The Covid-19 pandemic can help us, as Pope Francis
writes, to regain “the sense that we are a global community, all in the same
boat”, and it is to be hoped that, instead of exacerbating the nationalistic
dangers already manifested in recent years, on a European and global level, it
can push us to relaunch “a universal aspiration to fraternity”.
From healthcare to the economy: the excluded people
closest to us.
The second point that
struck me concerns the attention to the excluded people in our local social
context. Those who are excluded were recently highlighted by the pandemic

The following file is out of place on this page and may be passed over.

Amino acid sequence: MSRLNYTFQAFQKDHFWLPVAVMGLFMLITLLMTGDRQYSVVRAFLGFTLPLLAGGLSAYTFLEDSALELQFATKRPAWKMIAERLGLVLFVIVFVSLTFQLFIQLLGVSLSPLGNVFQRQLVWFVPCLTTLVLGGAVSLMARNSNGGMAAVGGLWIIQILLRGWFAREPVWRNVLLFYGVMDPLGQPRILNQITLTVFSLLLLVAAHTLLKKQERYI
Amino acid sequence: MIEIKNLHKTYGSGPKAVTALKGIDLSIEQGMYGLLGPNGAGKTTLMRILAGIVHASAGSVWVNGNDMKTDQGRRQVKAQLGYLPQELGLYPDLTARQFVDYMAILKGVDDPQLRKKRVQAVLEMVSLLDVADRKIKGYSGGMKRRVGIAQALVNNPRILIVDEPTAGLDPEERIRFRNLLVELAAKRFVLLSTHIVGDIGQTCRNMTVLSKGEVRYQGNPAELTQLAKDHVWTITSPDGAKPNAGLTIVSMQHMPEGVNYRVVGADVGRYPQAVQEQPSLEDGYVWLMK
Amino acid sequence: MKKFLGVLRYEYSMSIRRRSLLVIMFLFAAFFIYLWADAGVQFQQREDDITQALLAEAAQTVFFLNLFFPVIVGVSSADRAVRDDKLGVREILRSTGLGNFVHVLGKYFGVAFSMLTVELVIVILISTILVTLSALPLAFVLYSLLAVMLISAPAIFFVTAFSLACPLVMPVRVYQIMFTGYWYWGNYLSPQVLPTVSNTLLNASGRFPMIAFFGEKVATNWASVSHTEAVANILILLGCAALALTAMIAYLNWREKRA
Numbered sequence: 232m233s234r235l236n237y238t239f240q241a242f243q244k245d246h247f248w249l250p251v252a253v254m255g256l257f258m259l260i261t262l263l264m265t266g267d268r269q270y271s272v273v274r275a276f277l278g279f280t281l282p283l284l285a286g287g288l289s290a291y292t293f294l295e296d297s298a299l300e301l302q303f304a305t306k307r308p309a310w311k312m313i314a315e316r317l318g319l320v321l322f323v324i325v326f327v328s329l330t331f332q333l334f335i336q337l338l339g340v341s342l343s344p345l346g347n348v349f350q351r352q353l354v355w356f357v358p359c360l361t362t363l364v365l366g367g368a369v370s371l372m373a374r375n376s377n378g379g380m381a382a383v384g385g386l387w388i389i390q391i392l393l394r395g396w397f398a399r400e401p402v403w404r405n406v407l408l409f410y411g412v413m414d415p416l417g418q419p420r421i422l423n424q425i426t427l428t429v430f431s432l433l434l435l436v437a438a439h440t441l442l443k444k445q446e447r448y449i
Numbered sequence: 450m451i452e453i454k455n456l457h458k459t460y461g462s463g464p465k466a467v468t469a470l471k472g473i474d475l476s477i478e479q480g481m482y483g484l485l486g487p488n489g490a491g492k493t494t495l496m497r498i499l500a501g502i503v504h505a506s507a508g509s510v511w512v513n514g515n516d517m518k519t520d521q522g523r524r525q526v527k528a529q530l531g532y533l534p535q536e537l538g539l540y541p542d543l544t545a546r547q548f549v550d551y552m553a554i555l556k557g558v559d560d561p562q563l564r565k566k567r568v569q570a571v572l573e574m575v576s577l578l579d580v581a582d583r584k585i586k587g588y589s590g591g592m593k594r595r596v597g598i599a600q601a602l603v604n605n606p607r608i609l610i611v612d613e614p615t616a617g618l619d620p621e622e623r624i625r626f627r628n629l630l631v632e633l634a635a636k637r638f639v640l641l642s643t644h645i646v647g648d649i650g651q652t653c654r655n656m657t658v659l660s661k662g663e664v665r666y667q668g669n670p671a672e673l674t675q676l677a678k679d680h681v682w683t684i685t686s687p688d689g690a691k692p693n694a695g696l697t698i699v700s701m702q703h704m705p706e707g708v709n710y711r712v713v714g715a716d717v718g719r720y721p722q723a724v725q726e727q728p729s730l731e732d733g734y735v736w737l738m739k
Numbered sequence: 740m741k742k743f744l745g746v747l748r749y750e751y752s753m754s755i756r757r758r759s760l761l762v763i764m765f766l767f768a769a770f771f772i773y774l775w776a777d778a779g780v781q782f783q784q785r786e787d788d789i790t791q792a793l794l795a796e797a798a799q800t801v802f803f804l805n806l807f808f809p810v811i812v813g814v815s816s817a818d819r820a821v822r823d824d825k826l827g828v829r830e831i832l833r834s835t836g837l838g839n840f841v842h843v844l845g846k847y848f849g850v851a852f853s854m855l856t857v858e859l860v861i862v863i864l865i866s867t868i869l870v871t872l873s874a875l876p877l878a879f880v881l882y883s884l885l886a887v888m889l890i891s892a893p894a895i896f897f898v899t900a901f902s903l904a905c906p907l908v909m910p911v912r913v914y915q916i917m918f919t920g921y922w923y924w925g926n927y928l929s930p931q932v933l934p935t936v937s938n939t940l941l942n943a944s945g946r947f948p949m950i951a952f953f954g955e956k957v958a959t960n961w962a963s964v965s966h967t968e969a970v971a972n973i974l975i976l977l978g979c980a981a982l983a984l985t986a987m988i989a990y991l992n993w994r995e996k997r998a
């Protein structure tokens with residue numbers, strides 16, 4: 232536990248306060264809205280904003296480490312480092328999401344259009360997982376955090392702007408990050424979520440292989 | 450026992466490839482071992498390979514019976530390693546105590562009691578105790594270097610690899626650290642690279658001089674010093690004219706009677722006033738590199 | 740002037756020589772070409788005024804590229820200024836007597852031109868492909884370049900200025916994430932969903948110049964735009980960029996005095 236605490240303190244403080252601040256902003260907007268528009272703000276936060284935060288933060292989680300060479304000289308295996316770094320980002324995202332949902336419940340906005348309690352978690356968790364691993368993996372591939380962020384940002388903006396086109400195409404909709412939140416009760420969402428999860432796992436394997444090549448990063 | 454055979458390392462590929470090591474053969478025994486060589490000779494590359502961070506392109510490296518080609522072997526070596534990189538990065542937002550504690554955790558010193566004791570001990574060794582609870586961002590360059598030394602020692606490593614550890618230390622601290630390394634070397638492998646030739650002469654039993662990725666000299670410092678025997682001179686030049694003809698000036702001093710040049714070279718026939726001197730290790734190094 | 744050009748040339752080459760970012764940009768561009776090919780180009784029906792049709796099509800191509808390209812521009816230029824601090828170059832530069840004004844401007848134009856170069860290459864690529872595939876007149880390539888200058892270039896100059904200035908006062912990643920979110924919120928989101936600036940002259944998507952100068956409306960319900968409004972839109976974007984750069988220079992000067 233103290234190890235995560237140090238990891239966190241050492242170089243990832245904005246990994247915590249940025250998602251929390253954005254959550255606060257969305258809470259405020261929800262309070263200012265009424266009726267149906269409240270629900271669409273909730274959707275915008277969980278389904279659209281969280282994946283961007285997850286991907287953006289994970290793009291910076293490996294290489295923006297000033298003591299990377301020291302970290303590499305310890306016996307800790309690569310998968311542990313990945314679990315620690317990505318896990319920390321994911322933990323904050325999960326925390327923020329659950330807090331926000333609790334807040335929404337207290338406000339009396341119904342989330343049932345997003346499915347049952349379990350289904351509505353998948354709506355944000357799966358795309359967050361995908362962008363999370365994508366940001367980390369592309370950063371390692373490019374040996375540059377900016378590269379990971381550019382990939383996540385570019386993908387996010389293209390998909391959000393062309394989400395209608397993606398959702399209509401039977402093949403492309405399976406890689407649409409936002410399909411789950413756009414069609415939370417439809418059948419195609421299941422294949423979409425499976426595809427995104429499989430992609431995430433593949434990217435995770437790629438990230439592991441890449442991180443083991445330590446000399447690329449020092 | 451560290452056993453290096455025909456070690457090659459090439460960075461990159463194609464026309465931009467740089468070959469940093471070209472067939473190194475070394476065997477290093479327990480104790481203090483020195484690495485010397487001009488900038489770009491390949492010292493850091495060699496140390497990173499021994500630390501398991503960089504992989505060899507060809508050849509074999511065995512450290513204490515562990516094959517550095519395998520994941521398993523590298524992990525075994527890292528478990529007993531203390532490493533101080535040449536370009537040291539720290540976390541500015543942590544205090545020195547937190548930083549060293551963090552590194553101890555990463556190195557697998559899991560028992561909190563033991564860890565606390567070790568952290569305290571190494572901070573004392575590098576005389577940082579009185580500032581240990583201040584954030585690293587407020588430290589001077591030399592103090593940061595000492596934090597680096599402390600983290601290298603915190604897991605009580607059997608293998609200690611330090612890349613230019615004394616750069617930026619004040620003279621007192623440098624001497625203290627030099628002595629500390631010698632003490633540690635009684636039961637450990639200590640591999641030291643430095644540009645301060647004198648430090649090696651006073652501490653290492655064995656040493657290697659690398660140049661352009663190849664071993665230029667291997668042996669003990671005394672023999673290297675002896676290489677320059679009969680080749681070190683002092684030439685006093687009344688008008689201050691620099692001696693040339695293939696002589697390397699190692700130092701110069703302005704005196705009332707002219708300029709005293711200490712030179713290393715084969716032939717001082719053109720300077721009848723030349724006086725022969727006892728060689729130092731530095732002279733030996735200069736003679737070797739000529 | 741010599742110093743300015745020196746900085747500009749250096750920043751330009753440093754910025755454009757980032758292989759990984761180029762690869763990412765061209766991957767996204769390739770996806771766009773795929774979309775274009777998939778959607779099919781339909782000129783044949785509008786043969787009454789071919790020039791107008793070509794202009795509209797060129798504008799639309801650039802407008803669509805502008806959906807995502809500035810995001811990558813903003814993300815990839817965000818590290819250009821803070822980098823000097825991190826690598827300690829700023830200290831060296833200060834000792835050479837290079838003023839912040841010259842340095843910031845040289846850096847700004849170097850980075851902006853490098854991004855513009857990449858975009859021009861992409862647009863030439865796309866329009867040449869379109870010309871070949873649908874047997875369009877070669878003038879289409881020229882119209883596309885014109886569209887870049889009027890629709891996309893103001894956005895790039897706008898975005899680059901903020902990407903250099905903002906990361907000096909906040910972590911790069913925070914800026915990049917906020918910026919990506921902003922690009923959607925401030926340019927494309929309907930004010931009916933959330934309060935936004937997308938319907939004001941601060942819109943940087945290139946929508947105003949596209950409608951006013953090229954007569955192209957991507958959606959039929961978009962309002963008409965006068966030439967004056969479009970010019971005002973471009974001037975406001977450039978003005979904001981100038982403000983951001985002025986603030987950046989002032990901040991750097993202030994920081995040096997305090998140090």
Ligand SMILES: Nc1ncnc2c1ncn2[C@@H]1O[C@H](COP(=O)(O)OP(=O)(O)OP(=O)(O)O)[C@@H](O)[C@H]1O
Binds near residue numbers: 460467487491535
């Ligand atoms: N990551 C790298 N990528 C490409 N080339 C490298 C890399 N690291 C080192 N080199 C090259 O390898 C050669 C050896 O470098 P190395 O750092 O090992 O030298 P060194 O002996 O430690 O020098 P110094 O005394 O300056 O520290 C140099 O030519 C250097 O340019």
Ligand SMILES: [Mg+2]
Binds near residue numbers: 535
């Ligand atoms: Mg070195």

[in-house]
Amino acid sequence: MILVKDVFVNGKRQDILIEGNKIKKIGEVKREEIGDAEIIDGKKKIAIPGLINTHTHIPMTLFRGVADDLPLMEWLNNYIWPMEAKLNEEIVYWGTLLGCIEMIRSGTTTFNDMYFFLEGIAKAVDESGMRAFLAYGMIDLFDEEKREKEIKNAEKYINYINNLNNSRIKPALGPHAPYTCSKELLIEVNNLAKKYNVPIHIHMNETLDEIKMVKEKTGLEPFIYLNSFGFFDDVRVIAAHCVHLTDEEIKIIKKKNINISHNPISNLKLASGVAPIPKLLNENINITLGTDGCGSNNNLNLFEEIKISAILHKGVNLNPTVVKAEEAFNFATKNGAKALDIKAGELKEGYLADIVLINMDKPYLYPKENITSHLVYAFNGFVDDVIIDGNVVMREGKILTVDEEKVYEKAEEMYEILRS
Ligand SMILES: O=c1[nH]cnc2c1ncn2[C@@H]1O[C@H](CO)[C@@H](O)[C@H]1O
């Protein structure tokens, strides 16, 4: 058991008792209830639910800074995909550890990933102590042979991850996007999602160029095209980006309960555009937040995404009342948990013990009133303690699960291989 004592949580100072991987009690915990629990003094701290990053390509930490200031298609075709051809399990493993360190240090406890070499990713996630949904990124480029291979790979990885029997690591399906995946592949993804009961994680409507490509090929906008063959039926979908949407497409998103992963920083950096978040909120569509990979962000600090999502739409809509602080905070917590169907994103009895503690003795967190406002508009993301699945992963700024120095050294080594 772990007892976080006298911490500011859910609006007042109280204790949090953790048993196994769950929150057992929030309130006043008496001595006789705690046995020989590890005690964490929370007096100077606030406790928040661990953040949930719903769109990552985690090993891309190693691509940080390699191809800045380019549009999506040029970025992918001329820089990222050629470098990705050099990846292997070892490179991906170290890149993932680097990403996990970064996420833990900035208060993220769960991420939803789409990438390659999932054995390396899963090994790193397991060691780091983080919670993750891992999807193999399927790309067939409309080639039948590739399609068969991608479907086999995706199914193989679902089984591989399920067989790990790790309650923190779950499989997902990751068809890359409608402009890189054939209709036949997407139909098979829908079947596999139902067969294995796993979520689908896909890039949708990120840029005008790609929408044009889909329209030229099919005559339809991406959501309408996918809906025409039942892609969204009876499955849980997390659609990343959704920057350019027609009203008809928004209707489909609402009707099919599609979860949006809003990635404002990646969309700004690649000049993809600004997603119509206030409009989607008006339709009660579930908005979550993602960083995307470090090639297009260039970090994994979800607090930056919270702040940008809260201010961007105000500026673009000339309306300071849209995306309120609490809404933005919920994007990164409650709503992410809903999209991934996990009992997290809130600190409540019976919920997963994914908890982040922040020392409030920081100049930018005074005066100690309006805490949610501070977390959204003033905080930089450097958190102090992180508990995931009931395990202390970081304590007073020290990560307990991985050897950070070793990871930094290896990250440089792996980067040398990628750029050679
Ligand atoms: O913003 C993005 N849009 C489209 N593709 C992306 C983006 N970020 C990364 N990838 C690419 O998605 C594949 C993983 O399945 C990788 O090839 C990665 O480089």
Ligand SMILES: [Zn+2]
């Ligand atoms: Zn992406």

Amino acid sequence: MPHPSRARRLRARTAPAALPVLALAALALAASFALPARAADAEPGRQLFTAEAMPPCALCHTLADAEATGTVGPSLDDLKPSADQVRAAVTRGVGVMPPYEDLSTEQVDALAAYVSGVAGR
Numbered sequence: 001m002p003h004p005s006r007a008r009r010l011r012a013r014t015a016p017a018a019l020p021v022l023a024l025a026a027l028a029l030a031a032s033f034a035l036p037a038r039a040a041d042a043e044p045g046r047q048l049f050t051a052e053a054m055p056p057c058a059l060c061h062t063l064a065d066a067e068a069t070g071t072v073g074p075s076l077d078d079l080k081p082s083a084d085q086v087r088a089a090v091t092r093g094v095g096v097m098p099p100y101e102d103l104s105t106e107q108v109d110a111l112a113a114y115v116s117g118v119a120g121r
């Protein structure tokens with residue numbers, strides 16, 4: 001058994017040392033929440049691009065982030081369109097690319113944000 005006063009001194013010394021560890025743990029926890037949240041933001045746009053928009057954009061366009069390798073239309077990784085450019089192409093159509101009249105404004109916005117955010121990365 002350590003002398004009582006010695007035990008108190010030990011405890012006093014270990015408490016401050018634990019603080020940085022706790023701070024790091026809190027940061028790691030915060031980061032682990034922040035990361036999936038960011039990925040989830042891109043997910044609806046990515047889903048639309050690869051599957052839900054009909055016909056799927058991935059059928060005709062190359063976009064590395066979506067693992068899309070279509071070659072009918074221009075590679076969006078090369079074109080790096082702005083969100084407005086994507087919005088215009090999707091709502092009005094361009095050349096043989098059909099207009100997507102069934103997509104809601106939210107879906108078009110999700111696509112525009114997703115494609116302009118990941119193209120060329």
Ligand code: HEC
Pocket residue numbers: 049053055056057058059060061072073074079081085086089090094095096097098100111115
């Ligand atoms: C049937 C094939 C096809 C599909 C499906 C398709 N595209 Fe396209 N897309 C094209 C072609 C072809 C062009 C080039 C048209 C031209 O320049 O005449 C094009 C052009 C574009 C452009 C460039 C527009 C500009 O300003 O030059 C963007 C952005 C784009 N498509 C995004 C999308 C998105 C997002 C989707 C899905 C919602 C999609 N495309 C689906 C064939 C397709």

emergency, because they were, for example, neglected in healthcare or lacking
in economic protection. But also in general, the discarded are those who are, as
Francis writes, “not yet useful”, the eliminated unborn, or those who are “no
longer needed”, among the elderly. And then there are the poor, the disabled,
and those considered inferior because of their ethnicity or gender. Without
forgetting those who are the object of modern forms of slavery.
Much consideration has been given to effective
economic rules for growth, but not so much to integral human development. This
creates categories of excluded people with whom we all come into contact in our
daily reality, whose dignity is in danger of being forgotten. “Some parts of our
human family, it appears, can be readily sacrificed for the sake of others
considered worthy of a carefree existence. Ultimately, “persons are no longer seen
as a paramount value to be cared for and respected”.